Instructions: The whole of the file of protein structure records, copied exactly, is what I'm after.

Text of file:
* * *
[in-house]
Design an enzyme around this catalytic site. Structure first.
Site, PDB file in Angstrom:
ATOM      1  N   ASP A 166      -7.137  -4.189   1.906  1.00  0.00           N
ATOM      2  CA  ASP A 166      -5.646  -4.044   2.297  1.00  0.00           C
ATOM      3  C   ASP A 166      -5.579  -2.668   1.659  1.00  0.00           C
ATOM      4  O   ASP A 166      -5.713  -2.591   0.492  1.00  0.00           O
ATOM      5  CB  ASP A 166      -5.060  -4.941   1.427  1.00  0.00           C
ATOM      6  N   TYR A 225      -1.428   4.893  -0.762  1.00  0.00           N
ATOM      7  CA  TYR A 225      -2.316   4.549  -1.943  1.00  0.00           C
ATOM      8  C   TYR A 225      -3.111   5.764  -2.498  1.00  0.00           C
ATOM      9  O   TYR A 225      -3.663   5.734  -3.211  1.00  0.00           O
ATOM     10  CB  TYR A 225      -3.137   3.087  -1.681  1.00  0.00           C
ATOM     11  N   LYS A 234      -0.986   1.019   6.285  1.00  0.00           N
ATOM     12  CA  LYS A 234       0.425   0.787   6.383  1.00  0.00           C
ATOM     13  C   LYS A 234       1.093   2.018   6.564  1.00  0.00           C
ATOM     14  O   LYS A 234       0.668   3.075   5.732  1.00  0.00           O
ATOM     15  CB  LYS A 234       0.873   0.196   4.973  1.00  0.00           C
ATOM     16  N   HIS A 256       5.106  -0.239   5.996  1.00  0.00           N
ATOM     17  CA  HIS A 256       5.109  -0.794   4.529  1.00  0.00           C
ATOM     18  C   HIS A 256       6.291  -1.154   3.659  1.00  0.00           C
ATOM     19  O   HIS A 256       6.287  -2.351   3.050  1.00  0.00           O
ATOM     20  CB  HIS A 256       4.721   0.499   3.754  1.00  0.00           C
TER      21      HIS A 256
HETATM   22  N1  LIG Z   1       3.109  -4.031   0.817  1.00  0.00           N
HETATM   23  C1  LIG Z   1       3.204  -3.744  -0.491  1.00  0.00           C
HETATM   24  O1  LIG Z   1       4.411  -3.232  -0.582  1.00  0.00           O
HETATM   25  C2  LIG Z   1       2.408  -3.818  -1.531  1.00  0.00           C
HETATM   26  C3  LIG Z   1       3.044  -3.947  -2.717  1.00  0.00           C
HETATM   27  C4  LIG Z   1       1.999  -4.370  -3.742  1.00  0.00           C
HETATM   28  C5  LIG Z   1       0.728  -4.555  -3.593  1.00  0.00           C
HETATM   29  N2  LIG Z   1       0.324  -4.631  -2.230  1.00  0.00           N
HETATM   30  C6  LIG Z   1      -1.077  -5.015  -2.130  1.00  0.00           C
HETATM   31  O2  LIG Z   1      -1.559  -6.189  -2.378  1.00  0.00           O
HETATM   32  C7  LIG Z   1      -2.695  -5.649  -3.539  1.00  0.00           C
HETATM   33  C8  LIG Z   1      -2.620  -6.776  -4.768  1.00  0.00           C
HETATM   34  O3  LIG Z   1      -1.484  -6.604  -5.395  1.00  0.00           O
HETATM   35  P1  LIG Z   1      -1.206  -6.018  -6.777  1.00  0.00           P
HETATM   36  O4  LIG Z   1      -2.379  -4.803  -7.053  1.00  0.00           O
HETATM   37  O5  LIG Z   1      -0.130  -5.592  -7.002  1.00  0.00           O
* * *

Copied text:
[in-house]
Design an enzyme around this catalytic site. Structure first.
Site, PDB file in Angstrom:
ATOM      1  N   ASP A 166      -7.137  -4.189   1.906  1.00  0.00           N
ATOM      2  CA  ASP A 166      -5.646  -4.044   2.297  1.00  0.00           C
ATOM      3  C   ASP A 166      -5.579  -2.668   1.659  1.00  0.00           C
ATOM      4  O   ASP A 166      -5.713  -2.591   0.492  1.00  0.00           O
ATOM      5  CB  ASP A 166      -5.060  -4.941   1.427  1.00  0.00           C
ATOM      6  N   TYR A 225      -1.428   4.893  -0.762  1.00  0.00           N
ATOM      7  CA  TYR A 225      -2.316   4.549  -1.943  1.00  0.00           C
ATOM      8  C   TYR A 225      -3.111   5.764  -2.498  1.00  0.00           C
ATOM      9  O   TYR A 225      -3.663   5.734  -3.211  1.00  0.00           O
ATOM     10  CB  TYR A 225      -3.137   3.087  -1.681  1.00  0.00           C
ATOM     11  N   LYS A 234      -0.986   1.019   6.285  1.00  0.00           N
ATOM     12  CA  LYS A 234       0.425   0.787   6.383  1.00  0.00           C
ATOM     13  C   LYS A 234       1.093   2.018   6.564  1.00  0.00           C
ATOM     14  O   LYS A 234       0.668   3.075   5.732  1.00  0.00           O
ATOM     15  CB  LYS A 234       0.873   0.196   4.973  1.00  0.00           C
ATOM     16  N   HIS A 256       5.106  -0.239   5.996  1.00  0.00           N
ATOM     17  CA  HIS A 256       5.109  -0.794   4.529  1.00  0.00           C
ATOM     18  C   HIS A 256       6.291  -1.154   3.659  1.00  0.00           C
ATOM     19  O   HIS A 256       6.287  -2.351   3.050  1.00  0.00           O
ATOM     20  CB  HIS A 256       4.721   0.499   3.754  1.00  0.00           C
TER      21      HIS A 256
HETATM   22  N1  LIG Z   1       3.109  -4.031   0.817  1.00  0.00           N
HETATM   23  C1  LIG Z   1       3.204  -3.744  -0.491  1.00  0.00           C
HETATM   24  O1  LIG Z   1       4.411  -3.232  -0.582  1.00  0.00           O
HETATM   25  C2  LIG Z   1       2.408  -3.818  -1.531  1.00  0.00           C
HETATM   26  C3  LIG Z   1       3.044  -3.947  -2.717  1.00  0.00           C
HETATM   27  C4  LIG Z   1       1.999  -4.370  -3.742  1.00  0.00           C
HETATM   28  C5  LIG Z   1       0.728  -4.555  -3.593  1.00  0.00           C
HETATM   29  N2  LIG Z   1       0.324  -4.631  -2.230  1.00  0.00           N
HETATM   30  C6  LIG Z   1      -1.077  -5.015  -2.130  1.00  0.00           C
HETATM   31  O2  LIG Z   1      -1.559  -6.189  -2.378  1.00  0.00           O
HETATM   32  C7  LIG Z   1      -2.695  -5.649  -3.539  1.00  0.00           C
HETATM   33  C8  LIG Z   1      -2.620  -6.776  -4.768  1.00  0.00           C
HETATM   34  O3  LIG Z   1      -1.484  -6.604  -5.395  1.00  0.00           O
HETATM   35  P1  LIG Z   1      -1.206  -6.018  -6.777  1.00  0.00           P
HETATM   36  O4  LIG Z   1      -2.379  -4.803  -7.053  1.00  0.00           O
HETATM   37  O5  LIG Z   1      -0.130  -5.592  -7.002  1.00  0.00           O